“Of old in the beginning, there was the great chaos, without form and dark. The five elements [planets] had not begun to revolve, nor the sun and the moon to shine. You, O Spiritual Sovereign, first divided the grosser parts from the purer. You made heaven. You made earth. You made man. All things with their reproducing power got their being.”

This was uttered long before Genesis was written. [1]

Another recitation from the ancient “Border Sacrifice” rite:

“When Te (Shang-Di), the Lord, had so decreed, He called into existence (originated) heaven, earth, and man. Between heaven and earth He separately placed in order men and things, all overspread by the heavens.”

Note that Shang-Di, “He called into existence” or commanded heaven and earth into existence and placed men and things therein.

The worship of Shang-Di, however, was gradually replaced by the worship of other gods that appealed to the fickle peasantry of China, as listed below, growing out of the many forms of shamanism, animism, divination, and geomancy, until the worship of Shang-Di deteriorated to the sacrificial ritual of, “The Border Sacrifice.”

The Major Gods of China

CHENG-HUANG – God of moats and walls. Every village and town had its own Ch’eng-Huang, most often a local dignitary or important person who had died and been promoted to godhood. His divine status was revealed in dreams, though the gods made the actual decision. Cheng-Huang not only “protects the community (village)” from attack but sees to it that the “King of the Dead Ones” does not take any soul from his jurisdiction without proper authority. Cheng-Huang also exposes evil-doers in the community itself, usually through dreams. His assistants are Mr. Ba Lao-ye and Mr. Hei Lao-ye — (Mr. Daywatchman and Mr. Nightwatchman.)CHU JUNGGod of fire. Chu Jung punishes those who break the laws of heaven. (What are these Laws?)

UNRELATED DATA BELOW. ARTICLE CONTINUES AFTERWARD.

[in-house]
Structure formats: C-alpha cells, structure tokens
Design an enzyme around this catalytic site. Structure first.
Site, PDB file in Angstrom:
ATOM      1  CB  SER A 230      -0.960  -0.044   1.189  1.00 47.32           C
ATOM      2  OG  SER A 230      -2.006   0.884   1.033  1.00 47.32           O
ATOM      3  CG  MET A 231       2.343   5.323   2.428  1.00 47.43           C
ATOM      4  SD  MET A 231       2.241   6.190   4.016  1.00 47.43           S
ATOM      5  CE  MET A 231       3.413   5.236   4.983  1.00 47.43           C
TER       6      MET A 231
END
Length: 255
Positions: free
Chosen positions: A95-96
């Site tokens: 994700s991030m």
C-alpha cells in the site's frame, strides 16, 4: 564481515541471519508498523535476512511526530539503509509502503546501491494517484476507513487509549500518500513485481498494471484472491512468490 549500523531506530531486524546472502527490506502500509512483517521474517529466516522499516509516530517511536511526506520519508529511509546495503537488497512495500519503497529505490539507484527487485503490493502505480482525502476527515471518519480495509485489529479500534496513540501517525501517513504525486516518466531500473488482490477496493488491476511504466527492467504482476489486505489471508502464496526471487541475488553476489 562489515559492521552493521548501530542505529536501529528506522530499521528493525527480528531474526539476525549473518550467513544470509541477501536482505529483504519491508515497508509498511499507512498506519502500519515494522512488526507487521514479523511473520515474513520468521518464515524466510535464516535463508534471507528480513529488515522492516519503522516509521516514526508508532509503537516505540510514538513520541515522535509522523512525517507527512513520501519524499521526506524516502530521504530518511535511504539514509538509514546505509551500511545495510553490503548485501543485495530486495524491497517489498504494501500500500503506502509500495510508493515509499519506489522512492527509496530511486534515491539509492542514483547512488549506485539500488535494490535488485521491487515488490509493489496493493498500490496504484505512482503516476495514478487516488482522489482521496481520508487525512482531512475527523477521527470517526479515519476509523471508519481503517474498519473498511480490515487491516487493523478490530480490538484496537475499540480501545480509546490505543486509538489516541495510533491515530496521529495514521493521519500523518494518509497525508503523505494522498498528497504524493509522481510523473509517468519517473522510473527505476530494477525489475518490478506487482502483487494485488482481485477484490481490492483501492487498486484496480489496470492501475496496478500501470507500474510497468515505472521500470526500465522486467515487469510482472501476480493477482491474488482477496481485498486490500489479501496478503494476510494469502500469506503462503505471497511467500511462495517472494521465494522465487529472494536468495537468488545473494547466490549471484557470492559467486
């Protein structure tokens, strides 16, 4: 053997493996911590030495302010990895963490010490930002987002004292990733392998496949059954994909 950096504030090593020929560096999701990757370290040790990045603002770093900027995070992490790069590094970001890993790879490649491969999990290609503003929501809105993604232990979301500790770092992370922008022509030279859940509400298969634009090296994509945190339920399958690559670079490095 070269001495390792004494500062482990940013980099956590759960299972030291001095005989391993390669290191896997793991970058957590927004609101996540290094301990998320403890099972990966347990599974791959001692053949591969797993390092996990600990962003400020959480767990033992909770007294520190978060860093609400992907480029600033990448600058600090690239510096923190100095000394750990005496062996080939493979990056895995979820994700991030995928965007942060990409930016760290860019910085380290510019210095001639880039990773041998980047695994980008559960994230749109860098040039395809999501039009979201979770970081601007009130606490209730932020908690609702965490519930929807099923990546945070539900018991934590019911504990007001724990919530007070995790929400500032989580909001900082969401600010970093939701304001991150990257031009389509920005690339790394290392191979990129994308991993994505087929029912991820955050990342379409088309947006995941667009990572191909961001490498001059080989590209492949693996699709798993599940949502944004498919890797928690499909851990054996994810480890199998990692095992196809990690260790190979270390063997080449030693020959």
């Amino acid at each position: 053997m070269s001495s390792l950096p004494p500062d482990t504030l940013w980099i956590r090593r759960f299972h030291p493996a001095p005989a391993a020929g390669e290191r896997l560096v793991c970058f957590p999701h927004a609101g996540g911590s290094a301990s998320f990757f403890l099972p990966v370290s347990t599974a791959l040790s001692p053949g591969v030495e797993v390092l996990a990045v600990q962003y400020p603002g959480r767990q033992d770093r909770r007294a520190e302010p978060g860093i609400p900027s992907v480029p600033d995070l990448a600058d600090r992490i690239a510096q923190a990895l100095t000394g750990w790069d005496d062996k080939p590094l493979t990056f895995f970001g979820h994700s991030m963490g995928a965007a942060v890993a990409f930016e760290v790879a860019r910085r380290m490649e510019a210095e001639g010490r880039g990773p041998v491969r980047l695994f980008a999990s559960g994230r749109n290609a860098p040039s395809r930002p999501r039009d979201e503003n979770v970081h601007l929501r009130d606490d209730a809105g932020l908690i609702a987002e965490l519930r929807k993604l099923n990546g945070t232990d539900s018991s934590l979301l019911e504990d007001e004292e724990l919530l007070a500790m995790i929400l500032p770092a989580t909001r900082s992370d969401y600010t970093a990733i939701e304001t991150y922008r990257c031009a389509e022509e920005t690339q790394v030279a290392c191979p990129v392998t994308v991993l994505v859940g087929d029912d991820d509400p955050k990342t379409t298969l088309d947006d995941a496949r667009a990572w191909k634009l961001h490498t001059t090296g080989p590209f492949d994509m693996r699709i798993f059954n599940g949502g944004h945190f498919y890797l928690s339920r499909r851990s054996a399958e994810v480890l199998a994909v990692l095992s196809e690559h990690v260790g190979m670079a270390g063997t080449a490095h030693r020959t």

God of war. The Great Judge who “protects the people from injustice and evil spirits.” A red-faced god dressed always in green. An oracle. Kuan Ti was an actual historical figure, a general of the Han dynasty renowned for his skills as a a warrior and his justness as a ruler. (He was immortalised as a God-like deity.) There were more than 1600 temples dedicated to Kuan Ti. (**This indicates the priority and importance given to security, protection, justice, and evil spirits.)


Goddess of “Mercy and Compassion.” A lady dressed in white seated on a lotus and holding an infant. Murdered by her father, she recited the holy books when she arrived in Hell, and the ruler of the underworld could not make the dead souls suffer. The disgruntled god sent her back to the world of the living, where Kwan Yin attained great spiritual insight and was rewarded with immortality “by the Buddha.” A popular goddess, Kwan Yin’s temple at the Mount of the Wondrous Peak was ever filled with a throng of pilgrims shaking rattles and setting off firecrackers to get her attention.


God of Thunder. Lei Kung has the head of a bird, wings, claws and blue skin, and his chariot is drawn by six boys. Lei Kung makes thunder with his hammer, and his wife makes lightning with her mirrors. Lei Kung “chases away evil spirits and punishes criminals whose crimes have gone undetected.” (What are these crimes?)


The Eight Immortals of the Taoist Tradition. Ordinary mortals who, through good works and good lives, were rewarded by the Queen Mother Wang by giving them the peaches of everlasting life to eat. They are: